HealthDay News — Children presenting with head injury with isolated vomiting rarely have clinically important traumatic brain injury (ci-TBI) or traumatic brain injury on computed tomography (TBI-CT), according to a study published online March 29 in Pediatrics.
Meredith L. Borland, M.B.B.S., from the Princess Margaret Hospital for Children in Perth, Australia, and colleagues examined the prevalence of traumatic brain injuries in children who vomit after head injury. The characteristics of vomiting were assessed and correlated with clinical decision rule predictors and the presence of ci-TBI or TBI-CT.
The researchers found that 17.0 percent of the 19,920 children enrolled had any vomiting, with 72.2 percent aged older than 2 years. Overall, 44.2 percent of the 172 patients with ci-TBI and 43.2 percent of the 285 with TBI-CT had vomiting. With isolated vomiting, only one and two had ci-TBI and TBI-CT, respectively (0.3 and 0.6 percent, respectively). Using multivariate regression, predictors of increased ci-TBI risk with vomiting included signs of skull fracture, altered mental status, headache, and acting abnormally (odds ratios, 80.1, 2.4, 2.3, and 1.86, respectively). Additional features that predicted TBI-CT included skull fracture, nonaccidental injury concern, headache, and acting abnormally (odds ratios, 112.96, 6.75, 2.55, and 1.83, respectively).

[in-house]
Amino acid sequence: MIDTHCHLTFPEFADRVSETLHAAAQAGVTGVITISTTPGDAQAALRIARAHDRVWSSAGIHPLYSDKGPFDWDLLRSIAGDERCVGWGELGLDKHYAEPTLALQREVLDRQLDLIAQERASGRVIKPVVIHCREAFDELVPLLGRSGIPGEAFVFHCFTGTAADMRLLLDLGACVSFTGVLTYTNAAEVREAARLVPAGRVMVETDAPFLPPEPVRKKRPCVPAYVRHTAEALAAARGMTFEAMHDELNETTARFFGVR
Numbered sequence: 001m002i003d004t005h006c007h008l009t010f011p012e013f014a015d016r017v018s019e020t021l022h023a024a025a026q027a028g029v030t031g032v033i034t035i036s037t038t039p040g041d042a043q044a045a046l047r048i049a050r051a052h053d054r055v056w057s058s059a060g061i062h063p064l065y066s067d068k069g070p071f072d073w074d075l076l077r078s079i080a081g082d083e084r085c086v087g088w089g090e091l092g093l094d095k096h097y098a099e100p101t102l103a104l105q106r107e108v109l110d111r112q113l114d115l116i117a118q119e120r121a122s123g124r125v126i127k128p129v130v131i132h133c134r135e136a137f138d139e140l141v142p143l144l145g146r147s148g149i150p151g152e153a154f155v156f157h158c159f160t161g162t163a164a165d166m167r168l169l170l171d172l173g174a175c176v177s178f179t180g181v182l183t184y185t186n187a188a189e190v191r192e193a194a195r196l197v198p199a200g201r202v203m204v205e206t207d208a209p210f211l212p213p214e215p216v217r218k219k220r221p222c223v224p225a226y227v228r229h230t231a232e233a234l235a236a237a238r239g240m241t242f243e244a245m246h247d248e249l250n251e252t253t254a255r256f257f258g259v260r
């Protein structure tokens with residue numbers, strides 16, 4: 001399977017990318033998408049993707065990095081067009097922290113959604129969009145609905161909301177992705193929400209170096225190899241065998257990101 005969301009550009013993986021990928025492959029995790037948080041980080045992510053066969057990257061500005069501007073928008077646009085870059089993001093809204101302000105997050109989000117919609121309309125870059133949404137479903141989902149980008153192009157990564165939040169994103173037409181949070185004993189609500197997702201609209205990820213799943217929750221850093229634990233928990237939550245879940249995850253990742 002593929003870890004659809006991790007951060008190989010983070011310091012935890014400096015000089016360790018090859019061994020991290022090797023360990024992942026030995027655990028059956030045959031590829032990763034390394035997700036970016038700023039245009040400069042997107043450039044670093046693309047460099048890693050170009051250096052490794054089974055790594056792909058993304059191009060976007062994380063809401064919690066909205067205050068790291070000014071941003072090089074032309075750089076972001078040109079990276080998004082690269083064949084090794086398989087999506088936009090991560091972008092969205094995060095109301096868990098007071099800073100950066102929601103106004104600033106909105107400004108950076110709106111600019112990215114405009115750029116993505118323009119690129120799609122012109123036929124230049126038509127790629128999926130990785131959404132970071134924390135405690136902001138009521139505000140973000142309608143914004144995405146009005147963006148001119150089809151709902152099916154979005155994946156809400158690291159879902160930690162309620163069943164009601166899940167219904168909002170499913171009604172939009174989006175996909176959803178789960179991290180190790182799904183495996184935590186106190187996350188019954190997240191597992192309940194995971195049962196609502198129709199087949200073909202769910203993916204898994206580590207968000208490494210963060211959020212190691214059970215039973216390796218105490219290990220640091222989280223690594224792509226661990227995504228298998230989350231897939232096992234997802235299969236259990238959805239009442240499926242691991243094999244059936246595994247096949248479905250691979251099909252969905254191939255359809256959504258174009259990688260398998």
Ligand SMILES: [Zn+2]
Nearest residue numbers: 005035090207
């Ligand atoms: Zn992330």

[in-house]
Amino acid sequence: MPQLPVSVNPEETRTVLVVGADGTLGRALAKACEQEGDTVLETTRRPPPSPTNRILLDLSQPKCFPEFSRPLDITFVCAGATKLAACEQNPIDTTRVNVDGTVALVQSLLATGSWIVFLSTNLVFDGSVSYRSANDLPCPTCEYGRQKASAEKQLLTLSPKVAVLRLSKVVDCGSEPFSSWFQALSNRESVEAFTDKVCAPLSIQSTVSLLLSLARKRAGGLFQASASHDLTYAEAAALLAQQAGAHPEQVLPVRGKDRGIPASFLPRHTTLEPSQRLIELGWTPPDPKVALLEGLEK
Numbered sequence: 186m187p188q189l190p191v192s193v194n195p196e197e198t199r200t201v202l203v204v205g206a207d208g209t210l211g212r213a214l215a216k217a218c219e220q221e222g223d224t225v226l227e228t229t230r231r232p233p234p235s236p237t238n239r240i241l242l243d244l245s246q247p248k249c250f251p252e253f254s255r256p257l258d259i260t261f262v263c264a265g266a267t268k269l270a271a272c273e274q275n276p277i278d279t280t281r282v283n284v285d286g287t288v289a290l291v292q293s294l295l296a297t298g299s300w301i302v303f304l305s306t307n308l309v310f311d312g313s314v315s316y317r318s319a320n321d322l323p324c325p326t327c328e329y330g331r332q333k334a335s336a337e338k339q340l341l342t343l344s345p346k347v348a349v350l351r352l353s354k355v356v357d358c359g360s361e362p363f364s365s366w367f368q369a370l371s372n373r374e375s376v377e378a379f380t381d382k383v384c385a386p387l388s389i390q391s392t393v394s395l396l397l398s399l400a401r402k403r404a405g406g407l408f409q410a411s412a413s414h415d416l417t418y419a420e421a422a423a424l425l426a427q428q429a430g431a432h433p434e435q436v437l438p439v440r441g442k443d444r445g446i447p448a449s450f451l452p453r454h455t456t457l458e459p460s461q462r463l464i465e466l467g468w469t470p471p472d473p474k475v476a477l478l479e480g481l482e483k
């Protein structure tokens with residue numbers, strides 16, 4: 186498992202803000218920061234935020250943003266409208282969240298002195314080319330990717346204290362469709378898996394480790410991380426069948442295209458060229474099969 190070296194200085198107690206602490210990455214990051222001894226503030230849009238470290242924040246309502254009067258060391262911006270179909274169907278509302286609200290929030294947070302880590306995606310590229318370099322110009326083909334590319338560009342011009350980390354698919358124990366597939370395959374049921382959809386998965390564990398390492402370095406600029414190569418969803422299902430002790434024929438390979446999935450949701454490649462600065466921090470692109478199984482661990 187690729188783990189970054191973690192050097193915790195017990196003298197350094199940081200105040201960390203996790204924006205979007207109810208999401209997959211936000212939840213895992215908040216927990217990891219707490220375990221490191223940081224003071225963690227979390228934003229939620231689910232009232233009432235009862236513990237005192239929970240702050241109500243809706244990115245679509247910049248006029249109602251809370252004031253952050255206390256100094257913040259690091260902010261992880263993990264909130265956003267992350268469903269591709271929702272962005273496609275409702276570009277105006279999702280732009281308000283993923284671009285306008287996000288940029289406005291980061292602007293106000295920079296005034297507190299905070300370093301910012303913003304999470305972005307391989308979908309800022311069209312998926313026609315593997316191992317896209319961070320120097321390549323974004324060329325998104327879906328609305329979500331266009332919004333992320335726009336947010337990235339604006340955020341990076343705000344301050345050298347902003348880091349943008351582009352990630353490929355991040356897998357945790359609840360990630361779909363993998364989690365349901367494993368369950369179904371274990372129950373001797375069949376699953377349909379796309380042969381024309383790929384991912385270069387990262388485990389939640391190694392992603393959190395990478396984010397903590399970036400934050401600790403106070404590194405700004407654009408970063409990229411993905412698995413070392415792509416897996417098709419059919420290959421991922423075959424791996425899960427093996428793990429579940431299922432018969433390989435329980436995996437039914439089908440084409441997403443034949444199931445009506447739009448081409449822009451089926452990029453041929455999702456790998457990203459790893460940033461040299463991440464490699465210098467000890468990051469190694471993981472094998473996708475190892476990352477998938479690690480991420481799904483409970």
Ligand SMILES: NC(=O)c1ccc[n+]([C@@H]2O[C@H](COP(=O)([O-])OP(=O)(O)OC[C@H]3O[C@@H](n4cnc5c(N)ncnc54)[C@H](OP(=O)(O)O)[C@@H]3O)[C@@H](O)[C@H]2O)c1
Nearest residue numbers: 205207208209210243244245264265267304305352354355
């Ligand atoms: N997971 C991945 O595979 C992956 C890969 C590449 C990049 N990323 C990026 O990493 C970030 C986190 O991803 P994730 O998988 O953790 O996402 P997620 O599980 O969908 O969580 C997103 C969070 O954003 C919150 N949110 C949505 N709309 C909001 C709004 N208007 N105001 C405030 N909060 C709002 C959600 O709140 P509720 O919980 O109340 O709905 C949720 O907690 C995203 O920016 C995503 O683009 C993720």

“TBI-CT and ci-TBI are uncommon in children presenting with head injury with isolated vomiting, and a management strategy of observation without immediate computed tomography appears appropriate,” the authors write.
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